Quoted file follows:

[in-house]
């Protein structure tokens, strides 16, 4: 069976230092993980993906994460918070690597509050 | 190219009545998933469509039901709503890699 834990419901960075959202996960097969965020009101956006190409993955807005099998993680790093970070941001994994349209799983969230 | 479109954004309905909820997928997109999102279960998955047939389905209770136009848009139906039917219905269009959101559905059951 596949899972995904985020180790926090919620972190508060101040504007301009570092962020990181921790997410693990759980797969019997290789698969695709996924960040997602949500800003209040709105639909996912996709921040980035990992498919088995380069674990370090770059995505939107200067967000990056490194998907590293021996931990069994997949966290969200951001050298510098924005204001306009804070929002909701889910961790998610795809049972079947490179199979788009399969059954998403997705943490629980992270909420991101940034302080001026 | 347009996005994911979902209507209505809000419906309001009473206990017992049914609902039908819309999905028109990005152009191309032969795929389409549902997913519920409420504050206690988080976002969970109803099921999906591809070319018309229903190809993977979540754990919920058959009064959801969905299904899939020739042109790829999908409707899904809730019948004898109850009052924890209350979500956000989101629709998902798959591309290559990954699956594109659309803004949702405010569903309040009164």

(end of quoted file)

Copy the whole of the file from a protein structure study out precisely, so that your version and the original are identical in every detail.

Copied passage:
[in-house]
């Protein structure tokens, strides 16, 4: 069976230092993980993906994460918070690597509050 | 190219009545998933469509039901709503890699 834990419901960075959202996960097969965020009101956006190409993955807005099998993680790093970070941001994994349209799983969230 | 479109954004309905909820997928997109999102279960998955047939389905209770136009848009139906039917219905269009959101559905059951 596949899972995904985020180790926090919620972190508060101040504007301009570092962020990181921790997410693990759980797969019997290789698969695709996924960040997602949500800003209040709105639909996912996709921040980035990992498919088995380069674990370090770059995505939107200067967000990056490194998907590293021996931990069994997949966290969200951001050298510098924005204001306009804070929002909701889910961790998610795809049972079947490179199979788009399969059954998403997705943490629980992270909420991101940034302080001026 | 347009996005994911979902209507209505809000419906309001009473206990017992049914609902039908819309999905028109990005152009191309032969795929389409549902997913519920409420504050206690988080976002969970109803099921999906591809070319018309229903190809993977979540754990919920058959009064959801969905299904899939020739042109790829999908409707899904809730019948004898109850009052924890209350979500956000989101629709998902798959591309290559990954699956594109659309803004949702405010569903309040009164």